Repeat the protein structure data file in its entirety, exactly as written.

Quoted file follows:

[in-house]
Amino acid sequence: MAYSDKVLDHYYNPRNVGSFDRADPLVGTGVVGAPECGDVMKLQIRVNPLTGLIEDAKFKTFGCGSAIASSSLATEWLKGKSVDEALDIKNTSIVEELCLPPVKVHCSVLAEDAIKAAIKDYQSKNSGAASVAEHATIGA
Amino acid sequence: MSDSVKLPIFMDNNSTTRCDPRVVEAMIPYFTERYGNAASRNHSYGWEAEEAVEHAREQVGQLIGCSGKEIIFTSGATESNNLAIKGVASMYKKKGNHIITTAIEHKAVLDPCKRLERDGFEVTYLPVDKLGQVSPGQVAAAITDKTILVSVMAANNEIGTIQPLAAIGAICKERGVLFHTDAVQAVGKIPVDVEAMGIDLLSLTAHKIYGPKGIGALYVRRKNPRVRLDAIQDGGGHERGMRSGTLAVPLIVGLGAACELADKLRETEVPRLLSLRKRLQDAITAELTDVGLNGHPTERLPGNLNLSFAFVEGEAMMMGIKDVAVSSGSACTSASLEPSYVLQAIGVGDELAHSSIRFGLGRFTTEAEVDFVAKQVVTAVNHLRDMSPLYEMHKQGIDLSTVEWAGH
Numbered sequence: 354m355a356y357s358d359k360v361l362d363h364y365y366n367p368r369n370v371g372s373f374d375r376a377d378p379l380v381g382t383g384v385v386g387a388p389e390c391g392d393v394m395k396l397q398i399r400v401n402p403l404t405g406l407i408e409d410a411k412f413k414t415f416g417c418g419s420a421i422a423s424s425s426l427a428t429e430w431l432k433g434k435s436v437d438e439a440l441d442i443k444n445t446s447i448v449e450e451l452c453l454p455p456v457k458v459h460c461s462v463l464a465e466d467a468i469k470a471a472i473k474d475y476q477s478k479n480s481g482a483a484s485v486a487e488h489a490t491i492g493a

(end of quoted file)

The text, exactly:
[in-house]
Amino acid sequence: MAYSDKVLDHYYNPRNVGSFDRADPLVGTGVVGAPECGDVMKLQIRVNPLTGLIEDAKFKTFGCGSAIASSSLATEWLKGKSVDEALDIKNTSIVEELCLPPVKVHCSVLAEDAIKAAIKDYQSKNSGAASVAEHATIGA
Amino acid sequence: MSDSVKLPIFMDNNSTTRCDPRVVEAMIPYFTERYGNAASRNHSYGWEAEEAVEHAREQVGQLIGCSGKEIIFTSGATESNNLAIKGVASMYKKKGNHIITTAIEHKAVLDPCKRLERDGFEVTYLPVDKLGQVSPGQVAAAITDKTILVSVMAANNEIGTIQPLAAIGAICKERGVLFHTDAVQAVGKIPVDVEAMGIDLLSLTAHKIYGPKGIGALYVRRKNPRVRLDAIQDGGGHERGMRSGTLAVPLIVGLGAACELADKLRETEVPRLLSLRKRLQDAITAELTDVGLNGHPTERLPGNLNLSFAFVEGEAMMMGIKDVAVSSGSACTSASLEPSYVLQAIGVGDELAHSSIRFGLGRFTTEAEVDFVAKQVVTAVNHLRDMSPLYEMHKQGIDLSTVEWAGH
Numbered sequence: 354m355a356y357s358d359k360v361l362d363h364y365y366n367p368r369n370v371g372s373f374d375r376a377d378p379l380v381g382t383g384v385v386g387a388p389e390c391g392d393v394m395k396l397q398i399r400v401n402p403l404t405g406l407i408e409d410a411k412f413k414t415f416g417c418g419s420a421i422a423s424s425s426l427a428t429e430w431l432k433g434k435s436v437d438e439a440l441d442i443k444n445t446s447i448v449e450e451l452c453l454p455p456v457k458v459h460c461s462v463l464a465e466d467a468i469k470a471a472i473k474d475y476q477s478k479n480s481g482a483a484s485v486a487e488h489a490t491i492g493a